“Chhath” is a festival associated no only with Maithils, but with whole of Bihar, eastern U. P. ,some parts of West Bengal and even the border areas of Nepal. It is celebrated on the 5th and 6th day after Diwali. Some rituals dedicated to God Sun are carried out on the bank of a river or a nearby pond in the evening of the fifth day and again in the following morning. The river/ponds are normally cleaned before the festival. So, in a sense they get their yearly cleaning on this occasion. To summarize my opinion on the festival, I will put here a small improptu speech I had given at IITK during a Chhath celebration:
“It is important to change with time and get rid of bad customs of past. What the present day youth is generally accused of (and youths of all ages have been accused of) is that they have started throwing away good customs of the past as well. The problem, however, is not with past or the youth. Problem is that youth seeks reasons behind the things and Indian culture and tradition has for long not tried to reason things out. We are always told that something is good, but never as to why it is good. This creates the problem of youth not appreciating the good parts. Not that the youth is faultless. If the earlier generation has not tried to explain it, we have never tried to see for ourselves either if a reason is there behind things. And hence, we mindlessly throw things away, just because they are the legacy of the past, without making the discrimination between good and bad.
“Let me try to see of there is a rationale behind this festival Chhath. We know that the whole world appreciates what is successful, what is rising. Everyone worships the rising sun. But only in India, do we have an example, in the form of this festival called Chhath, where we worship the setting sun as well, because we have the foresight to see that the same sun will rise tomorrow and we will worship it then.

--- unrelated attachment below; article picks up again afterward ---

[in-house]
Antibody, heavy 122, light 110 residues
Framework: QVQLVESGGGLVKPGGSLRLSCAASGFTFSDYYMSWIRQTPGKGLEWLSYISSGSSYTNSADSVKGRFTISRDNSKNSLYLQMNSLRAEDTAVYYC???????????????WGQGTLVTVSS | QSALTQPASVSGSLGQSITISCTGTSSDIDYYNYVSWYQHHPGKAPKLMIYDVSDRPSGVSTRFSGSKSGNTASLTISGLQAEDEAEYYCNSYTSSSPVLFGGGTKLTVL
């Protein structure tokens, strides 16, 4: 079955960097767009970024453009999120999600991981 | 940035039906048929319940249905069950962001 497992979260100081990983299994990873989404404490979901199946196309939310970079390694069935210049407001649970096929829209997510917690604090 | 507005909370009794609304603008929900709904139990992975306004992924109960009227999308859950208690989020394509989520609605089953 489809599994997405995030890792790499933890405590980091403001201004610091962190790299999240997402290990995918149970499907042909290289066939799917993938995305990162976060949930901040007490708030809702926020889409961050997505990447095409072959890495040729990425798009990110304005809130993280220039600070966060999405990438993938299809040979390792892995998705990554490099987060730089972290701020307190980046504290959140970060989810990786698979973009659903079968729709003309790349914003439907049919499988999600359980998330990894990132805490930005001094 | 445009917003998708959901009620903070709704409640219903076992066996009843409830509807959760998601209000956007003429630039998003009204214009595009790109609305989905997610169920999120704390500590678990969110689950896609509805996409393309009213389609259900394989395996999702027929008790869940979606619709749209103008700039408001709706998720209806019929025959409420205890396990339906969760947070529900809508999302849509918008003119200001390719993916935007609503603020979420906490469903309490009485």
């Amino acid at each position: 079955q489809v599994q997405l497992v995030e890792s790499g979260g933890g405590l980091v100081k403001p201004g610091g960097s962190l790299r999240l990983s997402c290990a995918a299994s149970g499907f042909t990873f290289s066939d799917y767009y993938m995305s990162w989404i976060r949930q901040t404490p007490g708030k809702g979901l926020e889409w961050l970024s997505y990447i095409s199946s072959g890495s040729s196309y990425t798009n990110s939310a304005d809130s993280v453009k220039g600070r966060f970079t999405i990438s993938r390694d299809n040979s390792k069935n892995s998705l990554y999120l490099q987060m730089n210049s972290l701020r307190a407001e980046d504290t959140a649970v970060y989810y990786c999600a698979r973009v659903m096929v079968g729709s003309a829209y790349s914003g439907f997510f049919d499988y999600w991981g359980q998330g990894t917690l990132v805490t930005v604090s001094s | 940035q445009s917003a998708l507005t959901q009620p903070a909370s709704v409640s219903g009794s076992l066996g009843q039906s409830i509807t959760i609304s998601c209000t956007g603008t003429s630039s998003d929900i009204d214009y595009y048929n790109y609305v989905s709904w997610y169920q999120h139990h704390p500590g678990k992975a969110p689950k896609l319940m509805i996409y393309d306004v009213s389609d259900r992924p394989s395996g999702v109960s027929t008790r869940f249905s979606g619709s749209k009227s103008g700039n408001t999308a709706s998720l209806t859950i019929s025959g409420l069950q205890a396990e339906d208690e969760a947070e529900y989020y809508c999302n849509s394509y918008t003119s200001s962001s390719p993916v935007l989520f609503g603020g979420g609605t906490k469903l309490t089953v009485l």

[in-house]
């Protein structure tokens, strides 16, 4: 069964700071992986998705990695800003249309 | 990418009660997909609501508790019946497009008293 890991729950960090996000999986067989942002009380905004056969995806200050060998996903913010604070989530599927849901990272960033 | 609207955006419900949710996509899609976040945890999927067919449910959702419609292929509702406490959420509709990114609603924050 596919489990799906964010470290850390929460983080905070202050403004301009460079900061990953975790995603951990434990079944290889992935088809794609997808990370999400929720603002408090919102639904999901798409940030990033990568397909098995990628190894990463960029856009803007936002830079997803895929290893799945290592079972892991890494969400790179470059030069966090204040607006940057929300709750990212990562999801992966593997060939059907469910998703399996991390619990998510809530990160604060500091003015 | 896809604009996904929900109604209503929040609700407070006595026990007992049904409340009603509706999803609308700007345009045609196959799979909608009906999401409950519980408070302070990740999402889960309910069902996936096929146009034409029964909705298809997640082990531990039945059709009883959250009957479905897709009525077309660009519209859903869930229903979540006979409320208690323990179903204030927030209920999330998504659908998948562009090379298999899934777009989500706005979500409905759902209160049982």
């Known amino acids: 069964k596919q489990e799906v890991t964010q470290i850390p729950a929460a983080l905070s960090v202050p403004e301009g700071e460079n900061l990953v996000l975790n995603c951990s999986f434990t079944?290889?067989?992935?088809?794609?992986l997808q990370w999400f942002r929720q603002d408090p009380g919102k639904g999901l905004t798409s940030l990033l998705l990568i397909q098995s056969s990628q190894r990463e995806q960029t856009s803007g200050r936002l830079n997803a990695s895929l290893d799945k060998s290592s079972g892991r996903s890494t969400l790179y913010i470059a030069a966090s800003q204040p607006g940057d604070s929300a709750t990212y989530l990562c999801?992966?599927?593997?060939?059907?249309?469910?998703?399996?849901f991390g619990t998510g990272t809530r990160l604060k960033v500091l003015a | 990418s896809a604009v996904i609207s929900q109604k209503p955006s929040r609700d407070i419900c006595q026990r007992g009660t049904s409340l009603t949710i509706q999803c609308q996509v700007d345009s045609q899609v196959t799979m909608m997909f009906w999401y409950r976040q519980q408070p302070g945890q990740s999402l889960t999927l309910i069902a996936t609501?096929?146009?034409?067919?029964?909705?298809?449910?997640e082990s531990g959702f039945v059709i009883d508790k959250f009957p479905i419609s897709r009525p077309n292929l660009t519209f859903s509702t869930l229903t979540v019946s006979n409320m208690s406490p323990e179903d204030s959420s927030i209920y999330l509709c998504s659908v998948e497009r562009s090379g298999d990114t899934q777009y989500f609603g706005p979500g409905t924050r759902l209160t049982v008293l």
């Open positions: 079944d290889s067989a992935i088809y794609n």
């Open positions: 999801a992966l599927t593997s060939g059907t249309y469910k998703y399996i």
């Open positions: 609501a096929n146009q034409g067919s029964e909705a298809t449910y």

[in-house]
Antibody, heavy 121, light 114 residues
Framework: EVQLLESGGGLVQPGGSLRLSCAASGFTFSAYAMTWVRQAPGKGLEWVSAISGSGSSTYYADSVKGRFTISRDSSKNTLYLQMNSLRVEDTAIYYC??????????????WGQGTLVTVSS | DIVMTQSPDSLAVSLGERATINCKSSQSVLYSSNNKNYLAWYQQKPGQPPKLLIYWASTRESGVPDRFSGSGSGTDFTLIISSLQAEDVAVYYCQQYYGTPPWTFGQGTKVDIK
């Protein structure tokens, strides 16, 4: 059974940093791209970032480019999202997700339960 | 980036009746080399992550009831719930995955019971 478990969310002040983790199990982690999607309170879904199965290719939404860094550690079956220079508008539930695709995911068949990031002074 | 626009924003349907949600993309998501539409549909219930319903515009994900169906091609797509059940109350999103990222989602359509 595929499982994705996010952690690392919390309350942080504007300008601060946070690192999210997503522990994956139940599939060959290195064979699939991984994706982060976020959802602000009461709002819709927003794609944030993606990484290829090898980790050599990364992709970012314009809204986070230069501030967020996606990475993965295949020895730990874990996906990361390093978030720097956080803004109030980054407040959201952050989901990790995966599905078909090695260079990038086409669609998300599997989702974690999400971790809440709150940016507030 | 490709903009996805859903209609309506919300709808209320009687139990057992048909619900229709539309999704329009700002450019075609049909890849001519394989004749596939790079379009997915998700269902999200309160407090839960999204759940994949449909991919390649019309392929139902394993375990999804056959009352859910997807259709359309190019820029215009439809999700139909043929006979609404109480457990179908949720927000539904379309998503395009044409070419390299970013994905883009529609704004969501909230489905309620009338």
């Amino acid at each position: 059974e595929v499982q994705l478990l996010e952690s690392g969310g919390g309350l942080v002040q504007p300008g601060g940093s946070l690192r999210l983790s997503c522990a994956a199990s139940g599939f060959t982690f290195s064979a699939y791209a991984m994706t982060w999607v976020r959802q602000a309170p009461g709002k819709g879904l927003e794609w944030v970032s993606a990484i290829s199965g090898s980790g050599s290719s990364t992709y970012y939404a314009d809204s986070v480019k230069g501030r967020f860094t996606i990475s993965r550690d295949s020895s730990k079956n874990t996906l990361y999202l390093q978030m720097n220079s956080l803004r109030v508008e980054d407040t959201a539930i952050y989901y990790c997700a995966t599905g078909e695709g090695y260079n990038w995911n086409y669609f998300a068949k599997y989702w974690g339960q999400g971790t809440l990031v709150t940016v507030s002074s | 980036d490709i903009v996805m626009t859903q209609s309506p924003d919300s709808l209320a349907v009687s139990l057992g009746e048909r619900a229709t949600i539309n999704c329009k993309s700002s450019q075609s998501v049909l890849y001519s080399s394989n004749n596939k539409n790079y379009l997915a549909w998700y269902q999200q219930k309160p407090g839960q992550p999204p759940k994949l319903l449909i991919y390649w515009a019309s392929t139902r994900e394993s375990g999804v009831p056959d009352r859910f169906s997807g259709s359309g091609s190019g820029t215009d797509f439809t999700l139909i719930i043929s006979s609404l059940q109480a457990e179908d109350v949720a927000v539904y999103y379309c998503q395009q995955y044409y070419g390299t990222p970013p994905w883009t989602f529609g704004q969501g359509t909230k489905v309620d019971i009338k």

“This was a rather philosophical reason behind the festival. There is another one too – a more tangible one. We clean our houses during Diwali. And in the earlier days, and at most of the places even now, where would all the dirt of the houses ultimately go? In the nearest water source. What was to be done about that? Chhath of course. On the sixth day of Diwali, we celebrate Chhath and clean the river/pond and other water sources for that. Who said Indians have not cared for cleanliness? Probably the leaders of our society had understood the human psychology pretty well so as to organize things around festivals. We forgot about cleanliness, when we forgot about rationale behind the tradition and started blindly sticking to the rituals.”
(There are more of these in line!)